A popular British engine configuration has a challenger from Italy.
By Bill Heald
Unlike contemporary automobiles, motorcycles not only often have their engines unclothed for the world to appreciate, but you can pick from a vast array of engine types to suit how you roll. Air-cooled, liquid-cooled, Vs, inlines, horizontally opposed, singles, twins, fours, sixes, and more—they’re all out there, powering a dizzying assortment of bikes. And while some manufacturers offer a whole catalog of engine types, some marques are associated with particular designs (like Harley’s V-twins, for example). Triumph has long been famous for its inline triples, and its new 675-cc engine has been very successful in both its Daytona sport bike and Street Triple naked bike. But in 2012, it’s getting some competition from one of the most prestigious names in two-wheeled racing history, for MV Agusta has created a 675-cc Triple of its own, with both sport and naked versions. The F3 race-replica version is tasty, to be sure, but the naked Brutale 675 brings a whole new meaning to the term “performance art.”
These days, MV Agusta is a lowvolume, high-quality manufacturer that focuses on every detail of its machines, from getting every last pony out of the engine to executing drop-dead-beautiful detail work. The Brutale’s Triple features MVICS (Motor & Vehicle Integrated Control System), some black-box magic that “integrates the Full Ride by Wire throttle control with integral multi-maps for the engine and traction control.” This allows the rider to fine-tune the Brutale’s 115 horsepower to the riding conditions, while a MotoGP-inspired counterrotating crankshaft helps smooth the vibes. The engine’s compact external dimensions help with mass centralization, which ultimately makes the chassis easier to both flick through traffic and carve up S-turns in the mountains.
Even with excellent weight distribution, you still need a solid frame and balanced suspension components, so the Brutale gets a steel trellis backbone with aluminum side plates to support the 43- mm male slider front forks and single Sachs rear shock. Brakes are provided by Italy’s Brembo, and consist of radially mounted twin-front calipers with a single disc in back, all using proven racing hardware for the best in easy-to-modulate stopping power. A lack of bodywork, along with judicious use of lightweight materials, keeps the dry weight down to a svelte 358 pounds.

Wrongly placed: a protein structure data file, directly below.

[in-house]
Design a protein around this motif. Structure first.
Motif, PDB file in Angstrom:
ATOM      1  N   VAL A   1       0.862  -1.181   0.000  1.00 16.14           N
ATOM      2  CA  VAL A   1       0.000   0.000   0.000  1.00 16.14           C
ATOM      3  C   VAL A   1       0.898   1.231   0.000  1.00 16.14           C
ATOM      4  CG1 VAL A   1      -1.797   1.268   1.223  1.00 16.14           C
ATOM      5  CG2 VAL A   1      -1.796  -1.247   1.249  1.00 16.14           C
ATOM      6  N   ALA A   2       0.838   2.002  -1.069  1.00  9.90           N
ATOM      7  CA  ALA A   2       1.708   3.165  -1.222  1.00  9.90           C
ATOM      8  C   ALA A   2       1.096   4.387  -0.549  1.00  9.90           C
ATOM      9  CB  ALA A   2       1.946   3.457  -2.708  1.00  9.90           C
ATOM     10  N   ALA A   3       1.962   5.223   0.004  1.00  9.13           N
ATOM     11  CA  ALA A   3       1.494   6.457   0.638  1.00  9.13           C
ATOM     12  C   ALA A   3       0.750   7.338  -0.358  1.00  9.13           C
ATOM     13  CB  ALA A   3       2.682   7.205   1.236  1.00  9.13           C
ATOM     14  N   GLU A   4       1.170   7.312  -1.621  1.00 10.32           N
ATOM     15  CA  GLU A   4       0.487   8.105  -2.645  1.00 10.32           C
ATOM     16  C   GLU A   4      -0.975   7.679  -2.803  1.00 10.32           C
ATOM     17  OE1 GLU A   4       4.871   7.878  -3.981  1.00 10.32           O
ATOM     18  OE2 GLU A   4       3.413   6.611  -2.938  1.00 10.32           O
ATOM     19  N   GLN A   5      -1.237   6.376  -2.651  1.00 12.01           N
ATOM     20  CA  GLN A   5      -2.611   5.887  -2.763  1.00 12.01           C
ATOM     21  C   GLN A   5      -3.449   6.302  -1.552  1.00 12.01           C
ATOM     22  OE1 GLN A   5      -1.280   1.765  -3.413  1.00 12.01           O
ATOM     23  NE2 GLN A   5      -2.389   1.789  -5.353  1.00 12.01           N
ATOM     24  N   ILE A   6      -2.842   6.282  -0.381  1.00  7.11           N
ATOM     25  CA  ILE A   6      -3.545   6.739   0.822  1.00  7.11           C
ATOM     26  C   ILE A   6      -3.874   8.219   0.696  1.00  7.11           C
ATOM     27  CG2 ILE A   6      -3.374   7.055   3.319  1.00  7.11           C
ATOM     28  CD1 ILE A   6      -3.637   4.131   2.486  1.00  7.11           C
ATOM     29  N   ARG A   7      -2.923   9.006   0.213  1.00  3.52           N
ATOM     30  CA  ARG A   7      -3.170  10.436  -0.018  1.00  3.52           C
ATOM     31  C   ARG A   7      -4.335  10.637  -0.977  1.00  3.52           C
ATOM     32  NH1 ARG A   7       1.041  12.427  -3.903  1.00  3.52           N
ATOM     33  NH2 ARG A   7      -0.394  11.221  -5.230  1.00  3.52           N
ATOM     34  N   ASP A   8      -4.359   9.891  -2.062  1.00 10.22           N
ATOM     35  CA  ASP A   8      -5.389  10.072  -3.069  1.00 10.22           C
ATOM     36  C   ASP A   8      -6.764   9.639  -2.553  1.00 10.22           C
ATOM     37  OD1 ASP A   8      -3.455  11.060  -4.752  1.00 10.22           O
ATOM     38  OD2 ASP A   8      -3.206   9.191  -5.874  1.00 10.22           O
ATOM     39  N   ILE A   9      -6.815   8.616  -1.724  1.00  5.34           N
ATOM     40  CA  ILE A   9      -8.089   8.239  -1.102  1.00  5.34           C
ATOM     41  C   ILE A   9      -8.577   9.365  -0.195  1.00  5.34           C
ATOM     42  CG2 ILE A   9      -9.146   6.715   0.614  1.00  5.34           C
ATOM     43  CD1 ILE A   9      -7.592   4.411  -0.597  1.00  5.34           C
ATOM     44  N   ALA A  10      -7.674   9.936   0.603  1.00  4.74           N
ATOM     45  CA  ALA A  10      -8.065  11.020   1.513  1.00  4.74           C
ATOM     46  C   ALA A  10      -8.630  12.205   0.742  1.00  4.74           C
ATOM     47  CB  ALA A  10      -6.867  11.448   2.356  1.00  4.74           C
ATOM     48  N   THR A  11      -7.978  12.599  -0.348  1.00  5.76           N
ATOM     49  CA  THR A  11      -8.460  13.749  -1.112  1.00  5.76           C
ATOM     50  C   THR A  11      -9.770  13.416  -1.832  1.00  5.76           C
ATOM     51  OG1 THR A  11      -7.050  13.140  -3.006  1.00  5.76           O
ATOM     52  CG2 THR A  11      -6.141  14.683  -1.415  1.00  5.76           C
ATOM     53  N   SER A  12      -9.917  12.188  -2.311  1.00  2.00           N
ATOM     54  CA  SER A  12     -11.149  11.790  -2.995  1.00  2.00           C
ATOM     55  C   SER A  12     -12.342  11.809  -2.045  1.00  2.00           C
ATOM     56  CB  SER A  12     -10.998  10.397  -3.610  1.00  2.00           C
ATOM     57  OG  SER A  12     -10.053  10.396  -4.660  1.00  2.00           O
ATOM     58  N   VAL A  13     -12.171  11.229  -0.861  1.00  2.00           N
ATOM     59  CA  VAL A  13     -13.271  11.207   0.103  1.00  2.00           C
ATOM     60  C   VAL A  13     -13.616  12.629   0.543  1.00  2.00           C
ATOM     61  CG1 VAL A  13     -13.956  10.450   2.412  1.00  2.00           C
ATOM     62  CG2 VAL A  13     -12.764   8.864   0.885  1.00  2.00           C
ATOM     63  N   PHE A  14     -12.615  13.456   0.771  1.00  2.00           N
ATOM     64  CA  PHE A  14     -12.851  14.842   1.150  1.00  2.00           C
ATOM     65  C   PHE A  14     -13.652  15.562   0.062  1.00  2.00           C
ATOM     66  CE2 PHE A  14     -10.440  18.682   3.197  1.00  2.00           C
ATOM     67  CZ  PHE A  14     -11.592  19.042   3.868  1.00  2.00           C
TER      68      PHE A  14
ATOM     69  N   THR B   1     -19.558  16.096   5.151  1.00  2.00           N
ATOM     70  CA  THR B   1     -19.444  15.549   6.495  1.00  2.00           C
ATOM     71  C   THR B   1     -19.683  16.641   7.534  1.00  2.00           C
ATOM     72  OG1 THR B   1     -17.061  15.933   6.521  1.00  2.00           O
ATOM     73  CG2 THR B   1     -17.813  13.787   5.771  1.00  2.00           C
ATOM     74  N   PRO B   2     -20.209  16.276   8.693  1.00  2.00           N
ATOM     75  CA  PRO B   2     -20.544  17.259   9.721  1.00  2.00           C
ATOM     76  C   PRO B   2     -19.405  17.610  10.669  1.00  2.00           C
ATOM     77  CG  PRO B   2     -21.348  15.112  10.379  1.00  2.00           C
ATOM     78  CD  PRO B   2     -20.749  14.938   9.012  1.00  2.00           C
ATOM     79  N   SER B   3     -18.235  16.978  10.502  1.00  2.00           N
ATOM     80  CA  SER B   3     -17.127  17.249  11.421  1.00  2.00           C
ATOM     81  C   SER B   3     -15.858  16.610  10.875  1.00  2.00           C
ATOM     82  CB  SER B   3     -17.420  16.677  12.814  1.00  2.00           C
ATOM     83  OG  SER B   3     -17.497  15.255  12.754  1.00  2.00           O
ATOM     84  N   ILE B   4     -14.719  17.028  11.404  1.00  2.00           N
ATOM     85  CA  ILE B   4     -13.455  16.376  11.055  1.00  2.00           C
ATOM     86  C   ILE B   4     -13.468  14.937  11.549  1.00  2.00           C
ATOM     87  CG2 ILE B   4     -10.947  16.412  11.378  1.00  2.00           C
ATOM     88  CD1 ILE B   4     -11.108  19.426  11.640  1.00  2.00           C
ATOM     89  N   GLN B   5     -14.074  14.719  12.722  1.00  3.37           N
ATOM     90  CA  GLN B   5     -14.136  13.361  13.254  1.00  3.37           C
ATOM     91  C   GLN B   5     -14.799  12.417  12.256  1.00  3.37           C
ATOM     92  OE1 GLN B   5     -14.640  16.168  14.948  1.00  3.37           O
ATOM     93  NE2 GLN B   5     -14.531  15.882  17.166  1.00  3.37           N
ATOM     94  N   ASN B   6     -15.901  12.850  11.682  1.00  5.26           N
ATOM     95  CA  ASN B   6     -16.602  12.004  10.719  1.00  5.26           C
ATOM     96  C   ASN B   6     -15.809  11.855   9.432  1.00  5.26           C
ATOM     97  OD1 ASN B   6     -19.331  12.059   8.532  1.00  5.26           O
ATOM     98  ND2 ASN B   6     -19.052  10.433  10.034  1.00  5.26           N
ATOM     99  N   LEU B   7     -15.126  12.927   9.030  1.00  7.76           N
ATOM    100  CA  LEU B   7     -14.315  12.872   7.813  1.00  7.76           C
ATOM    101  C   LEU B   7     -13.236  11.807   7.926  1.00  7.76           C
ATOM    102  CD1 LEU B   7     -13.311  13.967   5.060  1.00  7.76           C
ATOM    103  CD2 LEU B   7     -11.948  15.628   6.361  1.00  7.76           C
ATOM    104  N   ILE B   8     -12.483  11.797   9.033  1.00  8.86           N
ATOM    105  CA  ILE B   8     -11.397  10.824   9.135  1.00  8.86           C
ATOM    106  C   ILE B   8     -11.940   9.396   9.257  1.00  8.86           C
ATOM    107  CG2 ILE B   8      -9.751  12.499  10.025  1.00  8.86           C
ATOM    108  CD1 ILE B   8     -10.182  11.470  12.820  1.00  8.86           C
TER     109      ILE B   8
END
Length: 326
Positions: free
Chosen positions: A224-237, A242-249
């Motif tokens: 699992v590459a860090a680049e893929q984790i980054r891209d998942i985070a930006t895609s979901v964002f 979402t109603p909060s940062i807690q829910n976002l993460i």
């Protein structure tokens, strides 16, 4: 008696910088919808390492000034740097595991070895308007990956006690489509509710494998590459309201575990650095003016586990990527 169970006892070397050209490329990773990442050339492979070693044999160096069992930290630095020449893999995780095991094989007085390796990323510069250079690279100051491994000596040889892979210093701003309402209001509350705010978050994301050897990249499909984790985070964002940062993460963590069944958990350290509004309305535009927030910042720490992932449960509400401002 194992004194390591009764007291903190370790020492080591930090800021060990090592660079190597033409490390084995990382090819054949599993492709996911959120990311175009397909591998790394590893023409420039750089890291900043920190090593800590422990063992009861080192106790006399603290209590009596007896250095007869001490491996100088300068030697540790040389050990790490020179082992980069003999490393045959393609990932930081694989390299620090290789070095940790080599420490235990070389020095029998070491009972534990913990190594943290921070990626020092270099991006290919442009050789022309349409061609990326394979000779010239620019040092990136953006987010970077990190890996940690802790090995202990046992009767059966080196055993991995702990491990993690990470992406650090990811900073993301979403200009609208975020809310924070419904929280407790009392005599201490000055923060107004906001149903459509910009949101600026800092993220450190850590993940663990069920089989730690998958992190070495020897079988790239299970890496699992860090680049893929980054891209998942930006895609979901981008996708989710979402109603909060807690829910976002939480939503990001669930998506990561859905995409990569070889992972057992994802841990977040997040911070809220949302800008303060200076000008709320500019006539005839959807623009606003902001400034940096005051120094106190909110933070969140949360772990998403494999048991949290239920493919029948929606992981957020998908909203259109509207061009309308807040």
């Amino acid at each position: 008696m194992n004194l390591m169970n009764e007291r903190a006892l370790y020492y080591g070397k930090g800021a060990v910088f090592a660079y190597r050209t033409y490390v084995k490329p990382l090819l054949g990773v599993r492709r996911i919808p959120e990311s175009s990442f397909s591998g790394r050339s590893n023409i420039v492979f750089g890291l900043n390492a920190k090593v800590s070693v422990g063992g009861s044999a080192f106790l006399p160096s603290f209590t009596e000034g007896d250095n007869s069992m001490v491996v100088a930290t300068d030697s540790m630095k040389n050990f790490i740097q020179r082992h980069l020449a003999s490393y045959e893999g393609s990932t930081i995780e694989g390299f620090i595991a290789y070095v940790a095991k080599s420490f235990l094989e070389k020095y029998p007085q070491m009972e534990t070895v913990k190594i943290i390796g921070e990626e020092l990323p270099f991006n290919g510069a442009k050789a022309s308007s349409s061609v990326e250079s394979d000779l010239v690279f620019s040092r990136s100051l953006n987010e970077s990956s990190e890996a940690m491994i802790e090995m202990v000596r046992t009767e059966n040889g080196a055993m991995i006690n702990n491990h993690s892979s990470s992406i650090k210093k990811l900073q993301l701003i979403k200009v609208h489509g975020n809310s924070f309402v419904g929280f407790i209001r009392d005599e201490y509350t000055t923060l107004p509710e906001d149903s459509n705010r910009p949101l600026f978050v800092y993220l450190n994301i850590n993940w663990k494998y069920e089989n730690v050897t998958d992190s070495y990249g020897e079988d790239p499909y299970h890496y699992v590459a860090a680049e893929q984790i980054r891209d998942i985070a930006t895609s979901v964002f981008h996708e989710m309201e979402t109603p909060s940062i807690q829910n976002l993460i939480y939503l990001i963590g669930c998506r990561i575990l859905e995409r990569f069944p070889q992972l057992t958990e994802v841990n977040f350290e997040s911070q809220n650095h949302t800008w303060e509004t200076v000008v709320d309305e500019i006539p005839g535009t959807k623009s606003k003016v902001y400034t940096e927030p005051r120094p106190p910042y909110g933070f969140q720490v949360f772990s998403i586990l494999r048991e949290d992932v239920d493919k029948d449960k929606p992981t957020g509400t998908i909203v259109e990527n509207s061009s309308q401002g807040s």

While this is an excellent performance résumé, the real joy of the modern MV Agusta is in the visuals, for the art of the motorcycle is on display in every inch of the Brutale’s architecture. To stimulate your riding juices further, MV is offering three superb color schemes with this surprisingly affordable motorcycle. So a prestigious name that was formerly within the reach of only well-heeled enthusiasts and collectors is now attainable by mere mortals, and riding hangouts the world over will be forever improved with a few of these gorgeous Triples parked outside.
|Engine type||Liquid-cooled Inline Triple|
|Bore x stroke||79 mm x 45.9 mm|
|Fuel system||Integrated electronic injection|
|Ignition||Electronic with traction-control integration|
|Front suspension||43-mm male slider forks|
|Rear suspension||Single shock, preload adjustable|
|Front brakes||Dual 320-mm two-piston disc|
|Rear brake||Single 220-mm two-piston disc|
|Front tire||120/70 ZR17|
|Rear tire||180/55 ZR17|
|Fuel tank||4.62-gallon capacity|
|Seat height||31.96 inches|
|Curb weight||358 pounds|
|Base price||To be announced|